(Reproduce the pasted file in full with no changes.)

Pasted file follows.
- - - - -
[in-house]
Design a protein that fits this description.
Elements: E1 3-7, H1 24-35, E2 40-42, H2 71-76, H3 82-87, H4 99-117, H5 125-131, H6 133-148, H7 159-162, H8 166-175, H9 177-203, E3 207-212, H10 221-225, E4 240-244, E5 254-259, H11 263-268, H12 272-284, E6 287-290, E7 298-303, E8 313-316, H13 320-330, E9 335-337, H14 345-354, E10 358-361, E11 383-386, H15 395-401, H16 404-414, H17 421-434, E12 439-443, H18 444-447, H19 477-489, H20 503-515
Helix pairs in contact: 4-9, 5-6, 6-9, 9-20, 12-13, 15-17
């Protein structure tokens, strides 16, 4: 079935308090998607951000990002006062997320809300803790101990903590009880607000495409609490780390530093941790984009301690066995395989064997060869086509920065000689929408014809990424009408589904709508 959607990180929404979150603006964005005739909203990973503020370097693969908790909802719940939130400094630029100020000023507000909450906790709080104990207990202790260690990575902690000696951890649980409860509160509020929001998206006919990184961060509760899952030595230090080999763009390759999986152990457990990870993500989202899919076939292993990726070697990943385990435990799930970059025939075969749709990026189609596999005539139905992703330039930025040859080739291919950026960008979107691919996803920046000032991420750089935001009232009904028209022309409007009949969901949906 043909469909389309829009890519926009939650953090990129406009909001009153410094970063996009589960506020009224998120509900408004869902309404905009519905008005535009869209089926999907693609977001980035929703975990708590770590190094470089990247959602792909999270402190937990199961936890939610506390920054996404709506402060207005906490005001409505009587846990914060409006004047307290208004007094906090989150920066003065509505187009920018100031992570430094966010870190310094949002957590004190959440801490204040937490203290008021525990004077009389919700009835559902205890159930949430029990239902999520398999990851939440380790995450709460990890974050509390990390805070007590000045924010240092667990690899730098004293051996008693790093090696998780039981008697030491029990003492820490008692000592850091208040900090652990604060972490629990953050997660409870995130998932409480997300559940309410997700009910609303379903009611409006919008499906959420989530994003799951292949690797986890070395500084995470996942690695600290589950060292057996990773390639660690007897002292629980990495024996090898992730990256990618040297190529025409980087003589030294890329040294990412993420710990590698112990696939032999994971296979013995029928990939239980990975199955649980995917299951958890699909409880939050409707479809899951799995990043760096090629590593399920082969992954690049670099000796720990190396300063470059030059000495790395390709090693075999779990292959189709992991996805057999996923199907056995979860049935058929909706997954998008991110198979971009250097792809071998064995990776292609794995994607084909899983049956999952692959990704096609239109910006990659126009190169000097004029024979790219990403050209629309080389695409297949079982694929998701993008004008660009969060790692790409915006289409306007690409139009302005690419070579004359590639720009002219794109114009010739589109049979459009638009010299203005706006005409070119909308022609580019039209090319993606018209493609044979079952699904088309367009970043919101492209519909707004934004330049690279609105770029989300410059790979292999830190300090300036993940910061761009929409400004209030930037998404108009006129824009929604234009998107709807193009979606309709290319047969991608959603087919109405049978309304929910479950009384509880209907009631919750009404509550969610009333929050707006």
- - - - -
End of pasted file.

[in-house]
Design a protein that fits this description.
Elements: E1 3-7, H1 24-35, E2 40-42, H2 71-76, H3 82-87, H4 99-117, H5 125-131, H6 133-148, H7 159-162, H8 166-175, H9 177-203, E3 207-212, H10 221-225, E4 240-244, E5 254-259, H11 263-268, H12 272-284, E6 287-290, E7 298-303, E8 313-316, H13 320-330, E9 335-337, H14 345-354, E10 358-361, E11 383-386, H15 395-401, H16 404-414, H17 421-434, E12 439-443, H18 444-447, H19 477-489, H20 503-515
Helix pairs in contact: 4-9, 5-6, 6-9, 9-20, 12-13, 15-17
């Protein structure tokens, strides 16, 4: 079935308090998607951000990002006062997320809300803790101990903590009880607000495409609490780390530093941790984009301690066995395989064997060869086509920065000689929408014809990424009408589904709508 959607990180929404979150603006964005005739909203990973503020370097693969908790909802719940939130400094630029100020000023507000909450906790709080104990207990202790260690990575902690000696951890649980409860509160509020929001998206006919990184961060509760899952030595230090080999763009390759999986152990457990990870993500989202899919076939292993990726070697990943385990435990799930970059025939075969749709990026189609596999005539139905992703330039930025040859080739291919950026960008979107691919996803920046000032991420750089935001009232009904028209022309409007009949969901949906 043909469909389309829009890519926009939650953090990129406009909001009153410094970063996009589960506020009224998120509900408004869902309404905009519905008005535009869209089926999907693609977001980035929703975990708590770590190094470089990247959602792909999270402190937990199961936890939610506390920054996404709506402060207005906490005001409505009587846990914060409006004047307290208004007094906090989150920066003065509505187009920018100031992570430094966010870190310094949002957590004190959440801490204040937490203290008021525990004077009389919700009835559902205890159930949430029990239902999520398999990851939440380790995450709460990890974050509390990390805070007590000045924010240092667990690899730098004293051996008693790093090696998780039981008697030491029990003492820490008692000592850091208040900090652990604060972490629990953050997660409870995130998932409480997300559940309410997700009910609303379903009611409006919008499906959420989530994003799951292949690797986890070395500084995470996942690695600290589950060292057996990773390639660690007897002292629980990495024996090898992730990256990618040297190529025409980087003589030294890329040294990412993420710990590698112990696939032999994971296979013995029928990939239980990975199955649980995917299951958890699909409880939050409707479809899951799995990043760096090629590593399920082969992954690049670099000796720990190396300063470059030059000495790395390709090693075999779990292959189709992991996805057999996923199907056995979860049935058929909706997954998008991110198979971009250097792809071998064995990776292609794995994607084909899983049956999952692959990704096609239109910006990659126009190169000097004029024979790219990403050209629309080389695409297949079982694929998701993008004008660009969060790692790409915006289409306007690409139009302005690419070579004359590639720009002219794109114009010739589109049979459009638009010299203005706006005409070119909308022609580019039209090319993606018209493609044979079952699904088309367009970043919101492209519909707004934004330049690279609105770029989300410059790979292999830190300090300036993940910061761009929409400004209030930037998404108009006129824009929604234009998107709807193009979606309709290319047969991608959603087919109405049978309304929910479950009384509880209907009631919750009404509550969610009333929050707006």